Winner of the 2018 Fellow Research Award
Long Term Outcomes of Adjustable Nasal Transposition of Split Lateral Rectus Muscle for Third Nerve Palsy – An International Perspective
Mary-Magdalene U. Dodd, MD; Ankoor Shah, MD, PhD; Jason Mantagos, MD; Birsen Gokyigit, MD, David Hunter, MD, PhD; Linda Dagi, MD
Introduction: The purpose of this study was to report the worldwide experience of strabismus surgeons treating complete third nerve palsy with nasal transposition of the split lateral rectus muscle.
Methods: Pediatric ophthalmologists and strabismologists that have performed at least one nasal transposition of the lateral rectus muscle were invited to participate in a cloud-based survey designed to capture outcomes and complications using this procedure.
Results: Thirty-three patients and 38 eyes with complete third nerve palsy treated with a nasal transposition of the lateral rectus muscle were included in this study. Fifty-one percent of patients were female. Median age was 36.5 (IQR: 19.8, 49.8). Congenital, ischemic and traumatic third nerve palsies were the most common. The median pre-operative deviation was an exotropia measuring 65 prism diopters (IQR: 55, 90). At 6 months the majority of patients were orthotropic at near, by Krimsky. Patients were followed for 26 months (IQR: 10, 32). Final post-op alignment was excellent, measuring within 7 (0, 12.5) prism diopters of orthotropia. There were two reported complications, choroidal effusion (5%) and scleritis (3%).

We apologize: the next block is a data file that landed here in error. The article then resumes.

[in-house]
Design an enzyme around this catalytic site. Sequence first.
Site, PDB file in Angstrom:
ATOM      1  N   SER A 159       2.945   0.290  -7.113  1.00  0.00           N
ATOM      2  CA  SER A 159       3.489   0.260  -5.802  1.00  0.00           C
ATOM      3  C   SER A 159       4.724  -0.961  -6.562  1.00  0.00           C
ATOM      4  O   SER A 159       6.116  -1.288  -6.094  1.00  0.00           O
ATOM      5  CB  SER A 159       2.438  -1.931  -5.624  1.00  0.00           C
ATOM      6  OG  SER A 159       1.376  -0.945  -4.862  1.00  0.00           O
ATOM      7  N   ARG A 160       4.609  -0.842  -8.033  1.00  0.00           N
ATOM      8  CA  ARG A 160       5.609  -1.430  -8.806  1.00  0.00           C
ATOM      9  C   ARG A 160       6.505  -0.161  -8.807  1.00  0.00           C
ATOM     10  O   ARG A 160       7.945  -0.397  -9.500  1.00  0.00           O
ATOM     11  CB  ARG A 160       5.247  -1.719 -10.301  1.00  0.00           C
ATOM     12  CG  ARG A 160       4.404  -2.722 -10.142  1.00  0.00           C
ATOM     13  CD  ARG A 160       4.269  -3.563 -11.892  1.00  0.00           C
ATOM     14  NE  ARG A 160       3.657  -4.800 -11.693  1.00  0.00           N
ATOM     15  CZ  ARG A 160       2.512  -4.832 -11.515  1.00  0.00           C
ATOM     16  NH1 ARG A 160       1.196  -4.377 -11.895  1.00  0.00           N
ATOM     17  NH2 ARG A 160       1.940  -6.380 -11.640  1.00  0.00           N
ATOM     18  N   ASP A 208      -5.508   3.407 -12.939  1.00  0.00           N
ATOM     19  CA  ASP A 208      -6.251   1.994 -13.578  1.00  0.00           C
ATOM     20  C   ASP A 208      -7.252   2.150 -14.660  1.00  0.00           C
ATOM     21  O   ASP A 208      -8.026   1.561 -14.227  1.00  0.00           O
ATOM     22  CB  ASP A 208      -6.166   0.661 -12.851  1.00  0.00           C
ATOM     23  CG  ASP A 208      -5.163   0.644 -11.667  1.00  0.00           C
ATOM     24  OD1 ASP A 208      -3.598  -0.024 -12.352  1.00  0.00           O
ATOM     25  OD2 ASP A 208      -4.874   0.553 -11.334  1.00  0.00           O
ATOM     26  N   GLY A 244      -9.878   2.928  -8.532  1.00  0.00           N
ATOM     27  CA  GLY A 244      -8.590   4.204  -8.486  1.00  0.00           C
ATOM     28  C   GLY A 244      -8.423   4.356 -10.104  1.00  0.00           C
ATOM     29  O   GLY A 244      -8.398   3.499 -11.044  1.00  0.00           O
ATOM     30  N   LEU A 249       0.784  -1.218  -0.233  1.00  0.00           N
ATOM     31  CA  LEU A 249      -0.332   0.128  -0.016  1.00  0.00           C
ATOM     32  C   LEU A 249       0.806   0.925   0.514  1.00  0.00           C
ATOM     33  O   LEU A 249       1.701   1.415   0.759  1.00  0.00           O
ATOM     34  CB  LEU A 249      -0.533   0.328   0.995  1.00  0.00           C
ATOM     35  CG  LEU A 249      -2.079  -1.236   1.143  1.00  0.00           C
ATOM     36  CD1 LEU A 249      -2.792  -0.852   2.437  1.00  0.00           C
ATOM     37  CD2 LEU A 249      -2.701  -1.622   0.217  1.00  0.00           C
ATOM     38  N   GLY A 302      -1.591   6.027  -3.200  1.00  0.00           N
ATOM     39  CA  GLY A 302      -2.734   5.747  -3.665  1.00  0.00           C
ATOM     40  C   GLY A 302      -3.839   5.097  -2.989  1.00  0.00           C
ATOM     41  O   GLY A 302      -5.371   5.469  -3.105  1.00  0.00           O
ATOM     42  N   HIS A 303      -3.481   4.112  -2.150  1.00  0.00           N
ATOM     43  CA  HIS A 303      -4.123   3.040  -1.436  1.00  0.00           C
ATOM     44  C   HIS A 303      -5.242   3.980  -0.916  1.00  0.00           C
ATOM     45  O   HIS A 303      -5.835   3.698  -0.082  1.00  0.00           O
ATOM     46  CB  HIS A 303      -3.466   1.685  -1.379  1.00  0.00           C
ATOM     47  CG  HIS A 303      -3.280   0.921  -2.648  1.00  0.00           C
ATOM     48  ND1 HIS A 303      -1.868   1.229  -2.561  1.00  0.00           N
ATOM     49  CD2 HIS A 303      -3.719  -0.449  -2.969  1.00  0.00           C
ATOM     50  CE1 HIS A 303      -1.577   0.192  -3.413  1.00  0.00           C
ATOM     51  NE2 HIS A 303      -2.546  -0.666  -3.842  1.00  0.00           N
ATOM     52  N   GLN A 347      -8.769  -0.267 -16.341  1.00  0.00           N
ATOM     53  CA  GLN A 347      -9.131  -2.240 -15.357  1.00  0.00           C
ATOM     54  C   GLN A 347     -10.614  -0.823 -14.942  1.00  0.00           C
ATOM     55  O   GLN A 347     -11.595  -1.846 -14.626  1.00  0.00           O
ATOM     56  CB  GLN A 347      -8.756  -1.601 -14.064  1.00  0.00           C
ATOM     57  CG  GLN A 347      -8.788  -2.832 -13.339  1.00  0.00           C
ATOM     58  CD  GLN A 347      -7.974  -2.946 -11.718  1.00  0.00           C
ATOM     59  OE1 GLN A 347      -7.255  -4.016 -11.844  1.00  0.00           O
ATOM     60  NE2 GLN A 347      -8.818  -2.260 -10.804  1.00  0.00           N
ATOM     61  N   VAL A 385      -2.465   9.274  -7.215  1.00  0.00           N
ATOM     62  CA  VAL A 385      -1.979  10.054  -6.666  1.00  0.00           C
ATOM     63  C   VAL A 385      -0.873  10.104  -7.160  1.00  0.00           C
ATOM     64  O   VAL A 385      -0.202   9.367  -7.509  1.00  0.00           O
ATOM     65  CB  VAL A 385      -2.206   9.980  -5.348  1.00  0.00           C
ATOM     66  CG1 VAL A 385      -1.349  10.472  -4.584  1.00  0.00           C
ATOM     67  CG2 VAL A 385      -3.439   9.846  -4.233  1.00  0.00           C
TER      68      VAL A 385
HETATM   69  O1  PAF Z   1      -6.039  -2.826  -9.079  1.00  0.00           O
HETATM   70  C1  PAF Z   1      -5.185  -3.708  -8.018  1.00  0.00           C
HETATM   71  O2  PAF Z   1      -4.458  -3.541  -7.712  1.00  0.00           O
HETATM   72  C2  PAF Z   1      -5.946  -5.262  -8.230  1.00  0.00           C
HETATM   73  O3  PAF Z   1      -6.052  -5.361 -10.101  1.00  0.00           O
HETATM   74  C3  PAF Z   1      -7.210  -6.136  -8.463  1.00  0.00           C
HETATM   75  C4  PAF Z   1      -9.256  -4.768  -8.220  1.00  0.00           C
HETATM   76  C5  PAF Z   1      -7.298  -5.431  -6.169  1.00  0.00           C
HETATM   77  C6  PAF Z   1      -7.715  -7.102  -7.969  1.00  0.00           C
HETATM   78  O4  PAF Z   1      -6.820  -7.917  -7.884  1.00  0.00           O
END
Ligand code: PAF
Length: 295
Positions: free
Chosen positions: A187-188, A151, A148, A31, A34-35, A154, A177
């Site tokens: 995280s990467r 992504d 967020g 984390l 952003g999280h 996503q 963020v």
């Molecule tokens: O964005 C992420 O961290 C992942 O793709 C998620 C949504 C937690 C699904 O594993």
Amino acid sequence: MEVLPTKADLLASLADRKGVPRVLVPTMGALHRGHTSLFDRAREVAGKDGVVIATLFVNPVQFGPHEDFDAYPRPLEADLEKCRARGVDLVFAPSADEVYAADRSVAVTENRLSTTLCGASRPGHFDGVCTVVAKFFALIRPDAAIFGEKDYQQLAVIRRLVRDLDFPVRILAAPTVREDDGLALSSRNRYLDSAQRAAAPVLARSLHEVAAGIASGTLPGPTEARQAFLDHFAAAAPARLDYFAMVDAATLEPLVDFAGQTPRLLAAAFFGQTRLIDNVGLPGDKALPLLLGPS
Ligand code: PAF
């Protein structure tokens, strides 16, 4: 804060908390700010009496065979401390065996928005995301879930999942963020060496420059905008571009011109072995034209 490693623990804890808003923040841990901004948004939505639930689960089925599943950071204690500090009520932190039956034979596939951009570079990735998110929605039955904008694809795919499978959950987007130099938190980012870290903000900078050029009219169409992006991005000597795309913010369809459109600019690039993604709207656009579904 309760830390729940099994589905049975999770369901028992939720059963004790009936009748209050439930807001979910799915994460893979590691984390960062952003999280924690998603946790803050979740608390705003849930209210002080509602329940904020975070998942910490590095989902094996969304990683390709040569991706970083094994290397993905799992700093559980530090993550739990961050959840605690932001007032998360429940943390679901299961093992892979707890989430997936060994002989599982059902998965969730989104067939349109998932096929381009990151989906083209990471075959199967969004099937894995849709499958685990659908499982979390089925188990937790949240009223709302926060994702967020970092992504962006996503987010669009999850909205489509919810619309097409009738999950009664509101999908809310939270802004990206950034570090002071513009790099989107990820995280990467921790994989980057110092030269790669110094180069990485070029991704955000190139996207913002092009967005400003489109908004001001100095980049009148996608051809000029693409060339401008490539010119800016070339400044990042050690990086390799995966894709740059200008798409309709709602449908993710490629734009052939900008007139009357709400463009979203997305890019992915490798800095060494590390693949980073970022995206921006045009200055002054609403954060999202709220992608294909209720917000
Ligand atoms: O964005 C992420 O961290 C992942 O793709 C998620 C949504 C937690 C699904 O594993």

Discussion: Our cloud-based survey facilitates reporting the international experience with a novel surgical technique for treatment of a rare strabismus problem.
Conclusion: Adjustable nasal transposition of the split lateral rectus provides excellent post-operative Krimsky alignment, long-term stability, and a low risk profile.
References: 1. Kaufmann,H., Lateralissplitting bei totaler Okulomotoriusparalyse mit Trochlearisparese
Fortschr.Ophthalmol. 1991. 88, p. 314-6
2. Shah, A.S., et al., Adjustable nasal transposition of split lateral rectus muscle for third nerve palsy. JAMA Ophthalmol, 2014. 132(8): p. 963-9.